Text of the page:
On to the design, which is summarized in the figure above. This study, for some reason, randomized patients into two different acupuncture groups, one receiving 30-minutes of EA at acupuncture points PC 5-6 + ST 36-37 or at LI 6-7 + GB 37-39 once weekly for 8 weeks. How these were decided upon appears to be based on animal experiments. (Lovely.) The PC 5-6 acupuncture points iares located above proximal to the wrist between the tendons of the palmaris longus and flexor carpi radialis muscles. The ST 36-37 acupuncture points have been discussed here before, being located on the leg lateral to the anterior border of the tibia. The LI 6-7 acupuncture points are on the thumb side of the arm above the wrist, while the GB 37-39 acupuncture points are on the lateral part of the lower leg, above the ankle.

Basically, the 33 patients receiving EA at PC 5-6 and ST 36-37 were the experimental group, while the rest were the controls. This is better than the average acupuncture study in that at least the investigators tried to evaluate "irrelevant" points (based on what, who knows) as controls. Unfortunately, certain other controls are notably absent, namely a sham EA control for PC 5-6, which could be accomplished quite simply by sticking the needles in, but not actually applying electricity, the machine being set up so that the practitioner doesn't know whether current is being applied or not.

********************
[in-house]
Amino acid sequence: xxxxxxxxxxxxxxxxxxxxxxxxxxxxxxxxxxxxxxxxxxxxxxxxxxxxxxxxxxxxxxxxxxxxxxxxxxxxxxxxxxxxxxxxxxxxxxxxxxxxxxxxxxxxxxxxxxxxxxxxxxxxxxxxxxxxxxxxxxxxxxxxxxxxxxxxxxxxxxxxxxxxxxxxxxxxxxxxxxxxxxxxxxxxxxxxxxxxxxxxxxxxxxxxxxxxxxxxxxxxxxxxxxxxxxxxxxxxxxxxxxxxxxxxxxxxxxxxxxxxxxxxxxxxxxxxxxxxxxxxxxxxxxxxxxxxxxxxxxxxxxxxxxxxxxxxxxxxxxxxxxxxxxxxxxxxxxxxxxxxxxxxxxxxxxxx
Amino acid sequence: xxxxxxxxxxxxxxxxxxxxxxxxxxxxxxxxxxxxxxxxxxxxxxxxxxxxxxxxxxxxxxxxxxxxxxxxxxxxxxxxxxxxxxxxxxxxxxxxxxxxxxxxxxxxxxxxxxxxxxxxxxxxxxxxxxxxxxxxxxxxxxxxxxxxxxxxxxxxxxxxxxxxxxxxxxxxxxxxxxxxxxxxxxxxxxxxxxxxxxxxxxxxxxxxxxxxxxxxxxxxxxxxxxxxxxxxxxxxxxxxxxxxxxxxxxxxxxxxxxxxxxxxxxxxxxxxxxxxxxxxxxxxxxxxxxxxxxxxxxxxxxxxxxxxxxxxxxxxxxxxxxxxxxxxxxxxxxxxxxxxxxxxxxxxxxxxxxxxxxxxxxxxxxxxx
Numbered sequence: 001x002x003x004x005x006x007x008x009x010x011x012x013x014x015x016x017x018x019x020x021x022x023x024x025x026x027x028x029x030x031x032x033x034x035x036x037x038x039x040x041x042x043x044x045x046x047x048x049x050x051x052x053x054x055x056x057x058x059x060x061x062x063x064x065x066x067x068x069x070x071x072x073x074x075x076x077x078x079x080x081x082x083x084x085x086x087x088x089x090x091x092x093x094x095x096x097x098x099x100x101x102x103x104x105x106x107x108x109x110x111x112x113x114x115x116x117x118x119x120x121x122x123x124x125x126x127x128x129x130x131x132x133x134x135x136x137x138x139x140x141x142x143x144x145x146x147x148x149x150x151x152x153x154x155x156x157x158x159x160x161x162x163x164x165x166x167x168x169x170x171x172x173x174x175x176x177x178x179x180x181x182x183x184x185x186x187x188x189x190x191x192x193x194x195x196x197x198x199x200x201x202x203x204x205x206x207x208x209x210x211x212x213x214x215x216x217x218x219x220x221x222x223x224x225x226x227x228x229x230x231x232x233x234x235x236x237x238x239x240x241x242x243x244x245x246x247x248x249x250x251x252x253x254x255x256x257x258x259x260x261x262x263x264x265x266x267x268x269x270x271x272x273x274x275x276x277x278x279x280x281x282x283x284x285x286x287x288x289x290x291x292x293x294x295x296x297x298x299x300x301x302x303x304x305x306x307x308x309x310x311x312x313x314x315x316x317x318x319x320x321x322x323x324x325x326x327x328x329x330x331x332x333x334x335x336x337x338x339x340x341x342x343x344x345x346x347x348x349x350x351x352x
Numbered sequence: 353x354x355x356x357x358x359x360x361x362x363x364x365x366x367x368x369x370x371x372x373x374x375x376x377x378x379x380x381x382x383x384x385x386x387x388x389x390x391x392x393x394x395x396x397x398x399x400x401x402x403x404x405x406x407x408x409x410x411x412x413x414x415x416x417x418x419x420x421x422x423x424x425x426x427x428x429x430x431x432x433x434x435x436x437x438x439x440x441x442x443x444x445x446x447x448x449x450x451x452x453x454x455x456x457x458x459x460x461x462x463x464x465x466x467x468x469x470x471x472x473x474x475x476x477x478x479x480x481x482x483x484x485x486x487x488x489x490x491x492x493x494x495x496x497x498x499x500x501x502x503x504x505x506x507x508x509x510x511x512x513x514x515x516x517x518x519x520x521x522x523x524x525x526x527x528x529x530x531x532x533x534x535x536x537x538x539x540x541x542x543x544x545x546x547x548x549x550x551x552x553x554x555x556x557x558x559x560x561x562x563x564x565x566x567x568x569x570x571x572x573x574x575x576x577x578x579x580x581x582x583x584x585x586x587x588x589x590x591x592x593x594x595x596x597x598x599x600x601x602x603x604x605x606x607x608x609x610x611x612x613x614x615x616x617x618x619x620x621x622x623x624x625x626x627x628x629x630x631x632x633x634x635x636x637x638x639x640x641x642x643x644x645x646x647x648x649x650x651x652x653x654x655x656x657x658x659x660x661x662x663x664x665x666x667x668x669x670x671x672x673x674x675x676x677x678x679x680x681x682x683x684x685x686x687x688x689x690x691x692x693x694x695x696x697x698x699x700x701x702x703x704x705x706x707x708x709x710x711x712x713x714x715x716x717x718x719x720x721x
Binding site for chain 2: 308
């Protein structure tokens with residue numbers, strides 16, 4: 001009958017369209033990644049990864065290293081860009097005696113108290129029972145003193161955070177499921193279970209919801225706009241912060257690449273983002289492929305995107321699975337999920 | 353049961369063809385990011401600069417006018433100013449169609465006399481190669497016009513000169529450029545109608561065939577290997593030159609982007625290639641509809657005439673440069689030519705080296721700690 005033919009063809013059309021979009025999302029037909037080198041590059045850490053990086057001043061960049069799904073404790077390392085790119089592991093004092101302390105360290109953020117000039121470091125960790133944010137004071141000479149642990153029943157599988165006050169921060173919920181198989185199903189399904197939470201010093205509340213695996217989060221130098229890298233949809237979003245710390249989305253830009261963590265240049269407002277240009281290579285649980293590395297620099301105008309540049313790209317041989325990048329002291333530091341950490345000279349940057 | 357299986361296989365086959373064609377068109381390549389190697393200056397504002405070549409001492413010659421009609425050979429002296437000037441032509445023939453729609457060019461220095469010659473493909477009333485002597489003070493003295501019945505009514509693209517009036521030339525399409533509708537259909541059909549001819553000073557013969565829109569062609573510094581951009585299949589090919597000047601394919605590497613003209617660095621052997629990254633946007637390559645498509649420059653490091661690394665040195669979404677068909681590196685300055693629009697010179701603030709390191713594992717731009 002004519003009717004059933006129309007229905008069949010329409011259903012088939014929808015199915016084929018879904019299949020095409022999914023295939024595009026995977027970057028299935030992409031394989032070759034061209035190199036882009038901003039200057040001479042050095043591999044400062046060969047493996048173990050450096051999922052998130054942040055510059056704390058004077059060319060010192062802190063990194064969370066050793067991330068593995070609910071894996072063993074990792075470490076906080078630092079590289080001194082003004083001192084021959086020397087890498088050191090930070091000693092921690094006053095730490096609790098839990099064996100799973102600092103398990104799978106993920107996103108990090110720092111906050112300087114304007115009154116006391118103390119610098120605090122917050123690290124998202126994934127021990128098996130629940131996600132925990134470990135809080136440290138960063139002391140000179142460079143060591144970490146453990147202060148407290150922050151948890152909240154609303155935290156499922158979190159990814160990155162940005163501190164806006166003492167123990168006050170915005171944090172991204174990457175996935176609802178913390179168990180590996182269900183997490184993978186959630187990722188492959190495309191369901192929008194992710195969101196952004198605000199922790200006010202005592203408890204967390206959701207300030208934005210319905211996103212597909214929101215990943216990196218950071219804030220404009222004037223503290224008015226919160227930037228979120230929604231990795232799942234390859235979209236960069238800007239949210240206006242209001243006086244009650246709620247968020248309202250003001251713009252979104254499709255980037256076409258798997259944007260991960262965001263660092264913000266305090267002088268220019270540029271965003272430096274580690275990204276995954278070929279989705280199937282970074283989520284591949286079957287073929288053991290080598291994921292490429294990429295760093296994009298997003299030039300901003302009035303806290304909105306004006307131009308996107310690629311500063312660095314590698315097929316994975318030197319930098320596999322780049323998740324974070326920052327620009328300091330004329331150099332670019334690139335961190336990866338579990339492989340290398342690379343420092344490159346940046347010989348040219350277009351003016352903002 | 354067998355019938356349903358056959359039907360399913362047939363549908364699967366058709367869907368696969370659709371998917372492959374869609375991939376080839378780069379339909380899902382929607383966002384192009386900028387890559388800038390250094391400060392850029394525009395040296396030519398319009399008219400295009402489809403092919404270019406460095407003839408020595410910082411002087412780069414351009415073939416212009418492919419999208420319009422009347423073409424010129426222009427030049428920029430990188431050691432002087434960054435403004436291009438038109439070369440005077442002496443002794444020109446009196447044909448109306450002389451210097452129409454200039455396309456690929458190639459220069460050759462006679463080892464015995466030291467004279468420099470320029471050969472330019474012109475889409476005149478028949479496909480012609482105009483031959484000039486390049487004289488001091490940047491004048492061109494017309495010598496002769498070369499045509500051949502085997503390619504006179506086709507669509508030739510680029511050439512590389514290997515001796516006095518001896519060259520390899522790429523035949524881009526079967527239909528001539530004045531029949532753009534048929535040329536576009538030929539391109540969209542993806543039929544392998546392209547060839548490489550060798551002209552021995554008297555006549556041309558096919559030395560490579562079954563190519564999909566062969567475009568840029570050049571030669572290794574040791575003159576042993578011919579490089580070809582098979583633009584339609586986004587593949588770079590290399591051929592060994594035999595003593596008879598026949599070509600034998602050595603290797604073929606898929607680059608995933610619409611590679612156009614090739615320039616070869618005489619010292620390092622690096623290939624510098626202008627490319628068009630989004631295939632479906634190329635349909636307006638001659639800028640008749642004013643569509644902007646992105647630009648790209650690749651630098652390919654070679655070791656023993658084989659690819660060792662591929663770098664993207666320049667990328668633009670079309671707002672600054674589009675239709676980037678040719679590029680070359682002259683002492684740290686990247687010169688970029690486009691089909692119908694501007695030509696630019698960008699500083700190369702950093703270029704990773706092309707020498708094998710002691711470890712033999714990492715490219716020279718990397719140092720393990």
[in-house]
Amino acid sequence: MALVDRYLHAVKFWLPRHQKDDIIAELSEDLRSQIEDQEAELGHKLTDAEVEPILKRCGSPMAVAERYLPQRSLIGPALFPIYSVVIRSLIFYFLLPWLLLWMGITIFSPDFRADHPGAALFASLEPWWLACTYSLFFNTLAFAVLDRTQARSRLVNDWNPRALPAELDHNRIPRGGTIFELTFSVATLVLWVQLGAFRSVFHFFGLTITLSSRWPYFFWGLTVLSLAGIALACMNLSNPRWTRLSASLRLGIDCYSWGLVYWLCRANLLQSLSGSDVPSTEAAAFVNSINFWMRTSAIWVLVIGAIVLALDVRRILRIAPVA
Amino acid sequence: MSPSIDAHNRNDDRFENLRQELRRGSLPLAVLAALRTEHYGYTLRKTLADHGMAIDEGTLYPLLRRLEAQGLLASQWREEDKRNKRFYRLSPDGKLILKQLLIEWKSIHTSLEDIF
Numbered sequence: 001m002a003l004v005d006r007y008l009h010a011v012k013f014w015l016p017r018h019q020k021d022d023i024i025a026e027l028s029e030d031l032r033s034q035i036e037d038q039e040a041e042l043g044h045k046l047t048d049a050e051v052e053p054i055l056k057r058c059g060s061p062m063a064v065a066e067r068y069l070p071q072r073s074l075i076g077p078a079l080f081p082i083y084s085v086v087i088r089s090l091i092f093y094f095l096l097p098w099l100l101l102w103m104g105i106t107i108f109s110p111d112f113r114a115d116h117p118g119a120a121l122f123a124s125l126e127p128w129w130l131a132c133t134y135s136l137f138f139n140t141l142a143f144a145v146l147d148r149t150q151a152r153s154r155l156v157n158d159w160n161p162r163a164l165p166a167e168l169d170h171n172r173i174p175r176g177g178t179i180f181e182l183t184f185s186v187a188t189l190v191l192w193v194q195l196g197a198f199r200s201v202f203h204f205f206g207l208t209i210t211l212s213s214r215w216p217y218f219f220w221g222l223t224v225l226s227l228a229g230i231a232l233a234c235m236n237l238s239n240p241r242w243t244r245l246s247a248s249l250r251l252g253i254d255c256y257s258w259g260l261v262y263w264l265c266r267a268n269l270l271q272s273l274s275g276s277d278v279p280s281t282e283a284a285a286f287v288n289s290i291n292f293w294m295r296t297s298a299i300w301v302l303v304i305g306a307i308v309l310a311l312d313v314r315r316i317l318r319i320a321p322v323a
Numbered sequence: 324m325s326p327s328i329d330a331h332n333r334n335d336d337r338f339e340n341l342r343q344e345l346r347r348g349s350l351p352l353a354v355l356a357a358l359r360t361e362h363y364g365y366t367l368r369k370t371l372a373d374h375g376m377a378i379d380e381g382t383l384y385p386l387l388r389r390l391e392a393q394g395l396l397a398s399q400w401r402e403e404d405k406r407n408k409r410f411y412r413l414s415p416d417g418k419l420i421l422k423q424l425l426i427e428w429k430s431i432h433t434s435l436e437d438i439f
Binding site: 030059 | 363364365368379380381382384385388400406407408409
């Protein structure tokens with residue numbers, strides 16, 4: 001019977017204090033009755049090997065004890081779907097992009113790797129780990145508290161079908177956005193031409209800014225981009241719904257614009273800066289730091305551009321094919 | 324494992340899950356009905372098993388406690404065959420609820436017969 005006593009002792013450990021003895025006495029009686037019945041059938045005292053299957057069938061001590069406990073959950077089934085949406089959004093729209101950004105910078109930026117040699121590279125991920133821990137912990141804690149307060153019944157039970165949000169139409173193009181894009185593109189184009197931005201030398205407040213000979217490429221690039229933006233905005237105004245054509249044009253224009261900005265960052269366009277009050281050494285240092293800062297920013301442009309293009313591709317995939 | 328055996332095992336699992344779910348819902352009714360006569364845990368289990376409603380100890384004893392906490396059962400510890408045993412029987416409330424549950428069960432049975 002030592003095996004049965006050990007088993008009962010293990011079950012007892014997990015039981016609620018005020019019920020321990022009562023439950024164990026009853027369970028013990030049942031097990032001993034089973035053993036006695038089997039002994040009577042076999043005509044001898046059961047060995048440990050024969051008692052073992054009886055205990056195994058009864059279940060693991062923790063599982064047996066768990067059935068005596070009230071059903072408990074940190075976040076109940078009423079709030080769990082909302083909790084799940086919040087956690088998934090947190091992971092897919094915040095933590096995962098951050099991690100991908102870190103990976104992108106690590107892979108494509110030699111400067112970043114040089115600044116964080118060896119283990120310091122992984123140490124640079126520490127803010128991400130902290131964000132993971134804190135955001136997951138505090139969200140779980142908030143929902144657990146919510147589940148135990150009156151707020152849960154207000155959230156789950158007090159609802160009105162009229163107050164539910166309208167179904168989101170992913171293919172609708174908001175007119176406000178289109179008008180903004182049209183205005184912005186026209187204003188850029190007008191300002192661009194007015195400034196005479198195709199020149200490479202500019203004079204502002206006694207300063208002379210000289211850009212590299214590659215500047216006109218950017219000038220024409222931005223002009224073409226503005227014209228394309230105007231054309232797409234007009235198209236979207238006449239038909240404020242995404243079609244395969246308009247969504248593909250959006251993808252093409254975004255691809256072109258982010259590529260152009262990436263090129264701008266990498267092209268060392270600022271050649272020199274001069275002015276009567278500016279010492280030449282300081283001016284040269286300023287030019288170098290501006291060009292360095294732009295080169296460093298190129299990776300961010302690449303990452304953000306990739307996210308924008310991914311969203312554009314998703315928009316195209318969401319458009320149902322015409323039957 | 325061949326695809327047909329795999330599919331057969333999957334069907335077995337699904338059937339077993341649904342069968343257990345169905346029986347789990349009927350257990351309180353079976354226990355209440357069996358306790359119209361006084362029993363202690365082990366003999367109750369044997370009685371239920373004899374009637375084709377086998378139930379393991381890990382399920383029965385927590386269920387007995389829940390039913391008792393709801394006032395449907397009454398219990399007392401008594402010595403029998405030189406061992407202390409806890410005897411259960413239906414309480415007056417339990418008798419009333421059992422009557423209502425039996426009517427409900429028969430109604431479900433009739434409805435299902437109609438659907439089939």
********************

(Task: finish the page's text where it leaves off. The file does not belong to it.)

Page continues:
Speaking of blinding, another big problem with this study becomes rapidly evident when you look at the methods. The study was only single blinded (the patients). True, the data analysis was also blinded, but practitioners were not blinded. Also, there was no post-study assessment of blinding to see how effectively patients were blinded to their study group. At the very least, post-study assessment of subjects to make sure that their assessment of which group they were in is consistent with random guesses, suggesting that they didn't know what group they were in. If you really wanted to make sure the patients were blinded, you'd stick the needles in all four acupoints and then only two of them would receive current.